Catering for a lockdown

My restaurant, Moemas, which was in Parktown North, existed until three years ago when the landlords decided not to renew the lease. That’s when we went into catering. In a moment like this, I realise that this saved us, because we would not have been able to pay those revolting overheads during the coronavirus lockdown.

When our business model changed, we had to find our audience again — a process that continued for two years after moving. Customers hadn’t realised we’d gone, so we had to use social media to let people know what was going on. Not many people would google us, so we had to create a presence that made people realise we were still in business.

We did cold-calling in an attempt to resurrect ourselves. Luckily, a lot of customers are still with us and the massive reduction in overheads made it a relatively painless experience. We felt more fluid.

Social media has been great in keeping us connected with customers and finding new ones. We have been getting great feedback and, as a result of that, we’ve been finding that people are very generous and they will support us when we get back.

With our new business model, we began cooking classes, added a few single-line products like bake boxes, and ramped up our corporate and private orders. The bake boxes, which include items like brownies, magic bars, and the ginger and almond biscotti, are all ordered privately. When we tried to go the retail route with those, the retailer wanted as much margin as we’d make. What people love with these is that there is very little that they have to buy themselves — it’s all there and very simple to use.

Choux pastry doughnuts, filled with vanilla pastry cream and topped with chocolate ganache. (Delwyn Verasamy)

Of late, we have had excellent feedback from our cooking classes, and we were getting a lot of interest in the domestic cooking classes, to the point of looking at getting these accredited. All the other places offering classes seemed to be offering typical, frozen-line dishes like lasagne.

I’d actually go to the specific house and see what ingredients they are used to using, because everyone buys the same ingredients as they shop and perhaps they just need some fresh inspiration of new possibilities. That was an initiative we were going to pull off this year, but it has come to a grinding halt.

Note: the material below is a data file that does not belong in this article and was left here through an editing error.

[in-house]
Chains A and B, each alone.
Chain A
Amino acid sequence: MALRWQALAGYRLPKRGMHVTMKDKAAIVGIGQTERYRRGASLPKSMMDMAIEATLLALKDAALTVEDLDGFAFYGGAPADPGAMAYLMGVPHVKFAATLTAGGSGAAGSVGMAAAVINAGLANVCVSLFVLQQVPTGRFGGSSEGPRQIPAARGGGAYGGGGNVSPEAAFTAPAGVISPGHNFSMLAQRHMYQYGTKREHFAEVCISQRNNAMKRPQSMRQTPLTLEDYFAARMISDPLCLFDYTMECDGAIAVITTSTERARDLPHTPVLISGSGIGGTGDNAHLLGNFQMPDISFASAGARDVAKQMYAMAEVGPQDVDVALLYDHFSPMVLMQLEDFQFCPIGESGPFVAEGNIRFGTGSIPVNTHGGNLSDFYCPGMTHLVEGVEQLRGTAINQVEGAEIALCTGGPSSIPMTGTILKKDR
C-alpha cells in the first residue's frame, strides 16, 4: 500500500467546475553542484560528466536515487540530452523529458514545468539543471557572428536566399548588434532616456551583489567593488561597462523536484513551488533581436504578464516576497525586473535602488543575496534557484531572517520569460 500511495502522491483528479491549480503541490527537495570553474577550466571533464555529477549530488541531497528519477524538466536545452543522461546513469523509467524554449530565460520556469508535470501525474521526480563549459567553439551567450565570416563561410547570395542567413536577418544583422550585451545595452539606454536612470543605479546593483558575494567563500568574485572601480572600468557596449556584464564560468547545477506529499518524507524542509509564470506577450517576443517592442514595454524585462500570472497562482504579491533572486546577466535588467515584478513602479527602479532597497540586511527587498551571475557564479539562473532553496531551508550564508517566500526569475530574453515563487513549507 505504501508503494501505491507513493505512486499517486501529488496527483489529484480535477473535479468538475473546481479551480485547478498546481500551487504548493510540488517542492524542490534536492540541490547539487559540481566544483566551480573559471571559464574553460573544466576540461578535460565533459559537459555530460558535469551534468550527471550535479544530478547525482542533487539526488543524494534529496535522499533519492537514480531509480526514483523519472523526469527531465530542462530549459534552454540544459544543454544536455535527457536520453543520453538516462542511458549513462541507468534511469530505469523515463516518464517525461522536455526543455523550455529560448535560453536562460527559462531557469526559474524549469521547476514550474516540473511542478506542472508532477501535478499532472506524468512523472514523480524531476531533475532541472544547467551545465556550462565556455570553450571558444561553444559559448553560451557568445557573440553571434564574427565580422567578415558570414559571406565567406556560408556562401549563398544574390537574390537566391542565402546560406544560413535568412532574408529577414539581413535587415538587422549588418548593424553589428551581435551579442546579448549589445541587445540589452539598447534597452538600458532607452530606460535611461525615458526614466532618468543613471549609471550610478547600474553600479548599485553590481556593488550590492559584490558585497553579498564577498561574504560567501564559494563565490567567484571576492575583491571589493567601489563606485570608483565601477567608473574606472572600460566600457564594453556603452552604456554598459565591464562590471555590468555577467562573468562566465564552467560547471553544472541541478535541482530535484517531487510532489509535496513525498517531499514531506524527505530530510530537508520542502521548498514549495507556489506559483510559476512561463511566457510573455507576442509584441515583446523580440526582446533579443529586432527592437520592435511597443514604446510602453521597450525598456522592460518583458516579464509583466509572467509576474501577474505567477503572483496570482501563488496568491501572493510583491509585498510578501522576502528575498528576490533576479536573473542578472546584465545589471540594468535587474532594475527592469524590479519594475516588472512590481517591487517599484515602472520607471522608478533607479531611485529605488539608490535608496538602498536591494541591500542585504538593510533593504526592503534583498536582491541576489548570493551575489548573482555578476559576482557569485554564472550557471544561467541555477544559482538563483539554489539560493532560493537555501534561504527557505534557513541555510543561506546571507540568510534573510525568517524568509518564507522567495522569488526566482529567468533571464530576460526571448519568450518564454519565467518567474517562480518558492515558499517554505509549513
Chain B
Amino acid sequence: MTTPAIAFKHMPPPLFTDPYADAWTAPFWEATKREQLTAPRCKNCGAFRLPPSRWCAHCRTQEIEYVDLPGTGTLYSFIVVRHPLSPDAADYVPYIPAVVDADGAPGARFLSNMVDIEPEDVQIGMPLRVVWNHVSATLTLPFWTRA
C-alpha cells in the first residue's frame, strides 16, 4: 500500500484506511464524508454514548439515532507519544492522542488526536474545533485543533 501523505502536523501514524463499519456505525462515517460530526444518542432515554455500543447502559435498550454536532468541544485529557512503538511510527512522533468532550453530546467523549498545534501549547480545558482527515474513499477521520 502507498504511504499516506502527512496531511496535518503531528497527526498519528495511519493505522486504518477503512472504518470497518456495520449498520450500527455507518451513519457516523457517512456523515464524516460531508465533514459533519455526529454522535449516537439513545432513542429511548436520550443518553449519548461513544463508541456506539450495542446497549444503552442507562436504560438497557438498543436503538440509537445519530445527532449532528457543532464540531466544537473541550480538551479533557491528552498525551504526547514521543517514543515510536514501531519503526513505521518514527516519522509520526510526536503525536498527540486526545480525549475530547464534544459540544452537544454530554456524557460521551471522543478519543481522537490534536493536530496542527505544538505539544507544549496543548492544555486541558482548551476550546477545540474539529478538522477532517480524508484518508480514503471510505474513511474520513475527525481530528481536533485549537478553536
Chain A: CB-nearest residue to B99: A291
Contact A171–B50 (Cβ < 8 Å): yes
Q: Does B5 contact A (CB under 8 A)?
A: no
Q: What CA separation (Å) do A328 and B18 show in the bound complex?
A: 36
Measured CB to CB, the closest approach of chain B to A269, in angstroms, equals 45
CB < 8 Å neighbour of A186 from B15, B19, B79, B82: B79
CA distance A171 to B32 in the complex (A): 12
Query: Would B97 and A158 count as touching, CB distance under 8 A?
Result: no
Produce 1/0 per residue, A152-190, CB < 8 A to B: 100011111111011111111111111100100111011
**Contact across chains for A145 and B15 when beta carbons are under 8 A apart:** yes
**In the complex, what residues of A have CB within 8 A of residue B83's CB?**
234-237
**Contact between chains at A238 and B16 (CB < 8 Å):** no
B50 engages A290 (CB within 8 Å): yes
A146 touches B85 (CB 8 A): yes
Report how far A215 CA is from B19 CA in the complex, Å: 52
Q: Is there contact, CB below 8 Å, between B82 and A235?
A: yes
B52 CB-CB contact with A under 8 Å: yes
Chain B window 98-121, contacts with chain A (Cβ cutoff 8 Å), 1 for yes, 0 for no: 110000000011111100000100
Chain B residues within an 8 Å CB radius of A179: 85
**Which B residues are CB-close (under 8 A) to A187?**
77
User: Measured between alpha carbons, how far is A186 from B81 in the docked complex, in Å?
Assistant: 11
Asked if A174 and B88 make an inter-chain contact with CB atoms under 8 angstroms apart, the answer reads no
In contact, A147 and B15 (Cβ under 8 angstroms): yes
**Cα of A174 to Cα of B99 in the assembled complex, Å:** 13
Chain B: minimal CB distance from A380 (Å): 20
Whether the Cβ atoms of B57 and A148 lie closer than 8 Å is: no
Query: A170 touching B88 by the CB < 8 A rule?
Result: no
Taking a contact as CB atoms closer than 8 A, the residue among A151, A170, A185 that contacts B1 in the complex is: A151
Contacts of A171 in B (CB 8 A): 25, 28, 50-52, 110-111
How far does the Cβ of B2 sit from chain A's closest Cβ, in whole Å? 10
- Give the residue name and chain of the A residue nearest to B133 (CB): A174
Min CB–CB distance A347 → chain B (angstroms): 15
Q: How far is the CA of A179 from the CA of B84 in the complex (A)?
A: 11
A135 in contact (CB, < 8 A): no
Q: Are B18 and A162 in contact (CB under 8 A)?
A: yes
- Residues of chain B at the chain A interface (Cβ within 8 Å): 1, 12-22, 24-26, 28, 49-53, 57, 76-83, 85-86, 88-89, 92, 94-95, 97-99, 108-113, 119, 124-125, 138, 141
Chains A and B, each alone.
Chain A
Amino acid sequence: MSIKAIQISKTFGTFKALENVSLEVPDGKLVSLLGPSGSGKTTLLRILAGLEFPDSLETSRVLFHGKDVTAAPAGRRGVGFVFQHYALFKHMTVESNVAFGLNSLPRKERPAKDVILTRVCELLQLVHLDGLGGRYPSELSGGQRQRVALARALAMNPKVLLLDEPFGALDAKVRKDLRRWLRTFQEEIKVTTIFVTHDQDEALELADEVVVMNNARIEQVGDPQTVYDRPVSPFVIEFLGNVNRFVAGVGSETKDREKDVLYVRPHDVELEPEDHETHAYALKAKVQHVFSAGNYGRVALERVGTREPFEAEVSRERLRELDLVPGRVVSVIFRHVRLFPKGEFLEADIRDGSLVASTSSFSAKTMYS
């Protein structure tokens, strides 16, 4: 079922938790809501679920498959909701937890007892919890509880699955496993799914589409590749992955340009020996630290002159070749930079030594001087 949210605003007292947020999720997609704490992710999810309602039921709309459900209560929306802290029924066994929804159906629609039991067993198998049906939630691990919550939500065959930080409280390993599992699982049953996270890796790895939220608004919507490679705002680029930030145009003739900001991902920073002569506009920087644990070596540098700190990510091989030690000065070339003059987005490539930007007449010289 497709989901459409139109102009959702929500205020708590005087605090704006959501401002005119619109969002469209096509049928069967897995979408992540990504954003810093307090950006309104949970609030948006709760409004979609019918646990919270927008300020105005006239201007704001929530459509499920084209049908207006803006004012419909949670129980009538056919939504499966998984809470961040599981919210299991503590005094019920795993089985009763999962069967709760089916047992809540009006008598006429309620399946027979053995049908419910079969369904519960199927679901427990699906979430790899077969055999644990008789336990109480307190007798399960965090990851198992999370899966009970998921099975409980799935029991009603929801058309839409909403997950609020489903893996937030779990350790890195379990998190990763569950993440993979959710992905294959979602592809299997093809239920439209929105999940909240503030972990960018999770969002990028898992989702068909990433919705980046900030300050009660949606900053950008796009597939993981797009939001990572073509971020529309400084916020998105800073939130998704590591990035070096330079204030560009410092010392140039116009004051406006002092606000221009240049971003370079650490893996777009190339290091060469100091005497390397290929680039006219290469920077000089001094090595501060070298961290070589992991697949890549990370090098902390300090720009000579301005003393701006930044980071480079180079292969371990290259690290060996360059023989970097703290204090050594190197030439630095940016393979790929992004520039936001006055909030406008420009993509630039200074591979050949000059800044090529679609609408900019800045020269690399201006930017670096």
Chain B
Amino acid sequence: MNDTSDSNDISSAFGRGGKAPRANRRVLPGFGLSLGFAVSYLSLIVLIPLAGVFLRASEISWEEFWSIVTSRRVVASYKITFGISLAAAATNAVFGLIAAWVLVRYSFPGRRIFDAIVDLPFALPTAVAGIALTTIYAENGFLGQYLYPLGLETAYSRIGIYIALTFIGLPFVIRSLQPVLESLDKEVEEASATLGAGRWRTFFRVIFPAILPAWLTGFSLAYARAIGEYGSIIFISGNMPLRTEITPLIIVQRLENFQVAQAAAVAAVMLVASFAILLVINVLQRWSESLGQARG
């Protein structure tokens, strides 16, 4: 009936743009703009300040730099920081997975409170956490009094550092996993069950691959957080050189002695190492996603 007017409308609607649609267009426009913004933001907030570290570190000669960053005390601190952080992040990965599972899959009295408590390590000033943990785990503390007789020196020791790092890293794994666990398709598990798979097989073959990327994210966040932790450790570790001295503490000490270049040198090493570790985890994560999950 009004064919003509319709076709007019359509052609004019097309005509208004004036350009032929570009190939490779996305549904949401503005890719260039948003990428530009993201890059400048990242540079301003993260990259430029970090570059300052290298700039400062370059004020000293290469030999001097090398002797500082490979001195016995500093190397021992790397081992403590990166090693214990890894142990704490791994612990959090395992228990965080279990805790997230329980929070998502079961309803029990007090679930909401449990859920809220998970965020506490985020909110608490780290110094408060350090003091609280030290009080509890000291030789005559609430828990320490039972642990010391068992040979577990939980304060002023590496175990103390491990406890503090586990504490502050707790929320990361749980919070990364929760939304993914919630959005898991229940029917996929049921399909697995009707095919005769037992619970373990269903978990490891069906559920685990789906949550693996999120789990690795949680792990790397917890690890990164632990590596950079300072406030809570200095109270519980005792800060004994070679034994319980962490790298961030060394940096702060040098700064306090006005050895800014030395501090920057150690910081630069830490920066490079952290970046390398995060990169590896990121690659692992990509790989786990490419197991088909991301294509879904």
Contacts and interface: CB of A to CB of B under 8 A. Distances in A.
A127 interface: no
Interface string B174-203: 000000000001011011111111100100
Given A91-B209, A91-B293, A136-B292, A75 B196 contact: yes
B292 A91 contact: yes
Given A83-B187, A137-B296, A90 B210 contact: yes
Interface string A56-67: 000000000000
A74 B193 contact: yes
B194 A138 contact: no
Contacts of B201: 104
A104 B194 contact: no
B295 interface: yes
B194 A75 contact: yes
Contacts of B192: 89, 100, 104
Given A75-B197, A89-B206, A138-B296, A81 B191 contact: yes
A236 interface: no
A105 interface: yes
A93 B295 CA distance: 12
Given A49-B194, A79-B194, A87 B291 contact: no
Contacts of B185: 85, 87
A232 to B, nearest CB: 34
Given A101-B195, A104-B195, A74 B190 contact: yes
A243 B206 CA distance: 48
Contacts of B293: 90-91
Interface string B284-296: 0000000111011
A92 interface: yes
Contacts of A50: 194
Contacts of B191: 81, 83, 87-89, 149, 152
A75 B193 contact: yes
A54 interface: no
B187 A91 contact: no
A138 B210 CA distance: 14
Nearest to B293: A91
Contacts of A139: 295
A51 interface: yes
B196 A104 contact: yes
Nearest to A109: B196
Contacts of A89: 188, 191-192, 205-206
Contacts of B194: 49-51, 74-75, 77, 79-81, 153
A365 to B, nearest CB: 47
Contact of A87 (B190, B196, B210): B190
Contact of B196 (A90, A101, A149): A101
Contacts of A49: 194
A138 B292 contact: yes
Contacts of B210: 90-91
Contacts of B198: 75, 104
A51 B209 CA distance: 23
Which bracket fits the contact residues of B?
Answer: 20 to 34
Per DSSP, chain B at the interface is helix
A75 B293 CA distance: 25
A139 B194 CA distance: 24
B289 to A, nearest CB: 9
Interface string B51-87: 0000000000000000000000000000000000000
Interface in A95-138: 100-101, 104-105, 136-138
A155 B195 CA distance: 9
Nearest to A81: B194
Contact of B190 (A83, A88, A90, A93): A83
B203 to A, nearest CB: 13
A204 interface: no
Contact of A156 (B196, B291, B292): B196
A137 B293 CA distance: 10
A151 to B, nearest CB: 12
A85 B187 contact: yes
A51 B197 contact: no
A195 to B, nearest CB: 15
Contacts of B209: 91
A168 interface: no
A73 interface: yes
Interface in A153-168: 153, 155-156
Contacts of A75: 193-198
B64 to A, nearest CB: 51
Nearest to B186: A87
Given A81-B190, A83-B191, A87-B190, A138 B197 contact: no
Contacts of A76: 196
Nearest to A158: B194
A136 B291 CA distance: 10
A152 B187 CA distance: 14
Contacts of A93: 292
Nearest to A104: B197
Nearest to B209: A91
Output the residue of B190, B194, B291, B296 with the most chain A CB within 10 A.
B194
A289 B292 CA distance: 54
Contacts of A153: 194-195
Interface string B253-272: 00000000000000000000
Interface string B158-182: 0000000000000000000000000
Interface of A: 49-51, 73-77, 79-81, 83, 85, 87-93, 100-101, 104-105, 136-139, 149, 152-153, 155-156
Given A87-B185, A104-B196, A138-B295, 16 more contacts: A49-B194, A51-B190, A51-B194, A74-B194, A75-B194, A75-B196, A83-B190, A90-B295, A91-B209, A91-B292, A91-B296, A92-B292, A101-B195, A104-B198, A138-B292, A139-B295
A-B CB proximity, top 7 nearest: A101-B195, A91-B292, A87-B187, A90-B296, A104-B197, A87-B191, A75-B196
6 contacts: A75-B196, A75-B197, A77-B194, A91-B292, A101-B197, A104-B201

The effect of Covid-19 on our business began as a gradual trickle of postponements. The corporate lunches were the first to stop. At first, the private clients held out hope that their events could still go ahead, and then the postponements came in thick and fast. In the beginning, people were saying let’s operate on a take-away basis, but it wasn’t safe to be shopping. It wasn’t safe for the kitchen staff to come and risk their health. It made sense to shut down.

Adjustment wise, it has been amazing to see how little you need when you don’t have overheads. The cash flow is better when you are not operational because, when you are, you can do the gig today and still be waiting two months to be paid.

Although we have been able to pay our staff so far, next week we will have to begin instituting half salaries. Our staff will still be entitled to claim from the Unemployment Insurance Fund or the funds managed by the banks for the sector. We are very hopeful that things can get back to a new normal soon.

Chaux pastry frying in a pan Postma bought for her children to use instead of the commercial fryer. (Delwyn Verasamy)

Over the lockdown period, I’ve been grateful to be able to get out of my head and help anyone with new recipes, as long as there is a promise that it is relatively easy. People tend to feel intimidated. The majority of the people who have stopped cooking have done so because they think it is too much effort. Nothing is as delicious as when somebody has cooked it for you, but it’s easy to tire of your usual flavours.